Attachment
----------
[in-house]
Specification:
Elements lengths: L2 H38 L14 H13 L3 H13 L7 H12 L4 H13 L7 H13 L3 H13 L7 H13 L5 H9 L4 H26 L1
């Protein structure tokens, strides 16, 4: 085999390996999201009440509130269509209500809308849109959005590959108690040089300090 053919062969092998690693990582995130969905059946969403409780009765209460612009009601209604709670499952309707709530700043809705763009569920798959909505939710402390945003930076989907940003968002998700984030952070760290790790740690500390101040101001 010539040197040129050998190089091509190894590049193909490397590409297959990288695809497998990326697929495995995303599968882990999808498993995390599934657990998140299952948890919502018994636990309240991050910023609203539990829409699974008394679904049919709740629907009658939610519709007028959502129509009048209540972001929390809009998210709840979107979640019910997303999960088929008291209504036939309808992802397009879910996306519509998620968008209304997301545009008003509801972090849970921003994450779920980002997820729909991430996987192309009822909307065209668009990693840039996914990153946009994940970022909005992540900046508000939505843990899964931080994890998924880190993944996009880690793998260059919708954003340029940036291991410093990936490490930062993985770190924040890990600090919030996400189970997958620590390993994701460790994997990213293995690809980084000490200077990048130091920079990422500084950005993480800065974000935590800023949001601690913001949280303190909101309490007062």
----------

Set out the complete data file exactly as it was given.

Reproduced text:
[in-house]
Specification:
Elements lengths: L2 H38 L14 H13 L3 H13 L7 H12 L4 H13 L7 H13 L3 H13 L7 H13 L5 H9 L4 H26 L1
């Protein structure tokens, strides 16, 4: 085999390996999201009440509130269509209500809308849109959005590959108690040089300090 053919062969092998690693990582995130969905059946969403409780009765209460612009009601209604709670499952309707709530700043809705763009569920798959909505939710402390945003930076989907940003968002998700984030952070760290790790740690500390101040101001 010539040197040129050998190089091509190894590049193909490397590409297959990288695809497998990326697929495995995303599968882990999808498993995390599934657990998140299952948890919502018994636990309240991050910023609203539990829409699974008394679904049919709740629907009658939610519709007028959502129509009048209540972001929390809009998210709840979107979640019910997303999960088929008291209504036939309808992802397009879910996306519509998620968008209304997301545009008003509801972090849970921003994450779920980002997820729909991430996987192309009822909307065209668009990693840039996914990153946009994940970022909005992540900046508000939505843990899964931080994890998924880190993944996009880690793998260059919708954003340029940036291991410093990936490490930062993985770190924040890990600090919030996400189970997958620590390993994701460790994997990213293995690809980084000490200077990048130091920079990422500084950005993480800065974000935590800023949001601690913001949280303190909101309490007062």